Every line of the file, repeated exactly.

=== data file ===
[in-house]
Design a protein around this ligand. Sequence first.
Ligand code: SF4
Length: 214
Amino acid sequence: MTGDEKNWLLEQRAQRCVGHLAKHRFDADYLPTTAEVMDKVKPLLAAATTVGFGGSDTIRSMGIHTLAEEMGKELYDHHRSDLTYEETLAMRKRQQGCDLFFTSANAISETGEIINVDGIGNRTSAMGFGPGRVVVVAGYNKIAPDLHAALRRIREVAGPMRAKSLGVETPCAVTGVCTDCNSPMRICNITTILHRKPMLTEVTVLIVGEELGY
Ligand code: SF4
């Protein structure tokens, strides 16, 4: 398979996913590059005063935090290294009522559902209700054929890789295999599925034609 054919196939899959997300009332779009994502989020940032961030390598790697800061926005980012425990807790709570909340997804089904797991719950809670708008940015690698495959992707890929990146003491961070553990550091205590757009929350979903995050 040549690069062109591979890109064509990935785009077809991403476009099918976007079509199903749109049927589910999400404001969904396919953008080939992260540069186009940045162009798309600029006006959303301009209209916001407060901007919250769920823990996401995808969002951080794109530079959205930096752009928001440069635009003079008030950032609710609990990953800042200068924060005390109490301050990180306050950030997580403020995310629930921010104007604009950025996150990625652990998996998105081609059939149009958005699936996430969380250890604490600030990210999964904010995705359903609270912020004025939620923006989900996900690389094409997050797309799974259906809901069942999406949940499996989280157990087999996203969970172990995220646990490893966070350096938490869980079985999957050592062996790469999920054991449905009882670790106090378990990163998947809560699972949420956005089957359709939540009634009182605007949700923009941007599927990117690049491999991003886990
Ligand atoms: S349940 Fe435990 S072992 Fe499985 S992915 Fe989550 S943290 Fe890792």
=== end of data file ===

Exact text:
[in-house]
Design a protein around this ligand. Sequence first.
Ligand code: SF4
Length: 214
Amino acid sequence: MTGDEKNWLLEQRAQRCVGHLAKHRFDADYLPTTAEVMDKVKPLLAAATTVGFGGSDTIRSMGIHTLAEEMGKELYDHHRSDLTYEETLAMRKRQQGCDLFFTSANAISETGEIINVDGIGNRTSAMGFGPGRVVVVAGYNKIAPDLHAALRRIREVAGPMRAKSLGVETPCAVTGVCTDCNSPMRICNITTILHRKPMLTEVTVLIVGEELGY
Ligand code: SF4
């Protein structure tokens, strides 16, 4: 398979996913590059005063935090290294009522559902209700054929890789295999599925034609 054919196939899959997300009332779009994502989020940032961030390598790697800061926005980012425990807790709570909340997804089904797991719950809670708008940015690698495959992707890929990146003491961070553990550091205590757009929350979903995050 040549690069062109591979890109064509990935785009077809991403476009099918976007079509199903749109049927589910999400404001969904396919953008080939992260540069186009940045162009798309600029006006959303301009209209916001407060901007919250769920823990996401995808969002951080794109530079959205930096752009928001440069635009003079008030950032609710609990990953800042200068924060005390109490301050990180306050950030997580403020995310629930921010104007604009950025996150990625652990998996998105081609059939149009958005699936996430969380250890604490600030990210999964904010995705359903609270912020004025939620923006989900996900690389094409997050797309799974259906809901069942999406949940499996989280157990087999996203969970172990995220646990490893966070350096938490869980079985999957050592062996790469999920054991449905009882670790106090378990990163998947809560699972949420956005089957359709939540009634009182605007949700923009941007599927990117690049491999991003886990
Ligand atoms: S349940 Fe435990 S072992 Fe499985 S992915 Fe989550 S943290 Fe890792």